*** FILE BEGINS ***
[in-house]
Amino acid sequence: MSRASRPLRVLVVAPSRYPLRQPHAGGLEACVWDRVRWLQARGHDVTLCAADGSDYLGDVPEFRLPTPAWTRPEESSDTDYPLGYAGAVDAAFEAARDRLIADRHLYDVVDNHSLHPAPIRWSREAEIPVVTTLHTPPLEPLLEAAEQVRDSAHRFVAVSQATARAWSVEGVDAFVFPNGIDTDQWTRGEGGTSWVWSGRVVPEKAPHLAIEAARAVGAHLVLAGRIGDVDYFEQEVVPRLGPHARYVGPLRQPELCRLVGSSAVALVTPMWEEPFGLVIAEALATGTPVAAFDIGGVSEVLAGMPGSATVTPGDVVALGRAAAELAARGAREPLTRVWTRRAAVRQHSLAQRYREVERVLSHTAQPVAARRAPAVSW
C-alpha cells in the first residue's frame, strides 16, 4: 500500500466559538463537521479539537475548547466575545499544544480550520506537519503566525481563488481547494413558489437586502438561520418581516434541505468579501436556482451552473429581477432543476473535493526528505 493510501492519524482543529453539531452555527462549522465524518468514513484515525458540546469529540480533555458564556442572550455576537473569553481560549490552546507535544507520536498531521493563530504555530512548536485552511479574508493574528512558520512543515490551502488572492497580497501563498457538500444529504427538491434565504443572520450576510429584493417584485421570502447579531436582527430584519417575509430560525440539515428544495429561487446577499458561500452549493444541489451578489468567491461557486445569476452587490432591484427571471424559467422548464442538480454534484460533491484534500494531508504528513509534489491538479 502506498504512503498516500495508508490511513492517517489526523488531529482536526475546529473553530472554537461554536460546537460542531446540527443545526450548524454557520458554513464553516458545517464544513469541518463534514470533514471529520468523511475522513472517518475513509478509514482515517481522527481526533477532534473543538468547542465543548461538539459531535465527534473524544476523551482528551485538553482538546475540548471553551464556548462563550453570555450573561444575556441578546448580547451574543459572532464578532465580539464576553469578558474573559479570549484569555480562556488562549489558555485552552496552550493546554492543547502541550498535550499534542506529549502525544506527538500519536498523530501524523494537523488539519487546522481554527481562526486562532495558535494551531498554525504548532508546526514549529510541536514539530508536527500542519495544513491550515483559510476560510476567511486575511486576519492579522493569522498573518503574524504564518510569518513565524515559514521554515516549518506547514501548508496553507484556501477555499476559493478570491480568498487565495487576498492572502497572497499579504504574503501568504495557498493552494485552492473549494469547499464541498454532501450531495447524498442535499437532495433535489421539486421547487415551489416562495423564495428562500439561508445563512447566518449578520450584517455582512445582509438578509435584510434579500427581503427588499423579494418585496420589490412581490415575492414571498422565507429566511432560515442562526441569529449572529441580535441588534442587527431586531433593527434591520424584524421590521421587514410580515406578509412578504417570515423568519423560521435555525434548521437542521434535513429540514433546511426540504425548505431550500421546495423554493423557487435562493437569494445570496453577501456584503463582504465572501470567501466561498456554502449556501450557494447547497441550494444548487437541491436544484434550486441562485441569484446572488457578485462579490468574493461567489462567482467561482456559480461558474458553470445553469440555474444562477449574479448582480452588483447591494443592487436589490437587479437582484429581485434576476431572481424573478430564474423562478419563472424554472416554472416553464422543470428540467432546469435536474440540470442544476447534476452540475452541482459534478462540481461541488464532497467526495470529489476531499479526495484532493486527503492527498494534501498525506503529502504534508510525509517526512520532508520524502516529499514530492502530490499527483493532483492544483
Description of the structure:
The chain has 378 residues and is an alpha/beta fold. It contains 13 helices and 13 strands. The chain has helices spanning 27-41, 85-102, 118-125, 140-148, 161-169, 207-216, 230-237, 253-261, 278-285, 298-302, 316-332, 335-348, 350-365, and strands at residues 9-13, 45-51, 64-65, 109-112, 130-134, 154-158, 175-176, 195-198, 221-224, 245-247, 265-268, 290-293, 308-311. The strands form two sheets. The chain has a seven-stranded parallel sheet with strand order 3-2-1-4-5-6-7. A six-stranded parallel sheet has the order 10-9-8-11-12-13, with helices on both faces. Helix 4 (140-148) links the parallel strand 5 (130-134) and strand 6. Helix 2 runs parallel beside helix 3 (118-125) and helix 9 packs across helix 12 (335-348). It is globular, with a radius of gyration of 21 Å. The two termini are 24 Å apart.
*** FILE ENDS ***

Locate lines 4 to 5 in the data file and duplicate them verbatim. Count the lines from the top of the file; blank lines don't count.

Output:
Description of the structure:
The chain has 378 residues and is an alpha/beta fold. It contains 13 helices and 13 strands. The chain has helices spanning 27-41, 85-102, 118-125, 140-148, 161-169, 207-216, 230-237, 253-261, 278-285, 298-302, 316-332, 335-348, 350-365, and strands at residues 9-13, 45-51, 64-65, 109-112, 130-134, 154-158, 175-176, 195-198, 221-224, 245-247, 265-268, 290-293, 308-311. The strands form two sheets. The chain has a seven-stranded parallel sheet with strand order 3-2-1-4-5-6-7. A six-stranded parallel sheet has the order 10-9-8-11-12-13, with helices on both faces. Helix 4 (140-148) links the parallel strand 5 (130-134) and strand 6. Helix 2 runs parallel beside helix 3 (118-125) and helix 9 packs across helix 12 (335-348). It is globular, with a radius of gyration of 21 Å. The two termini are 24 Å apart.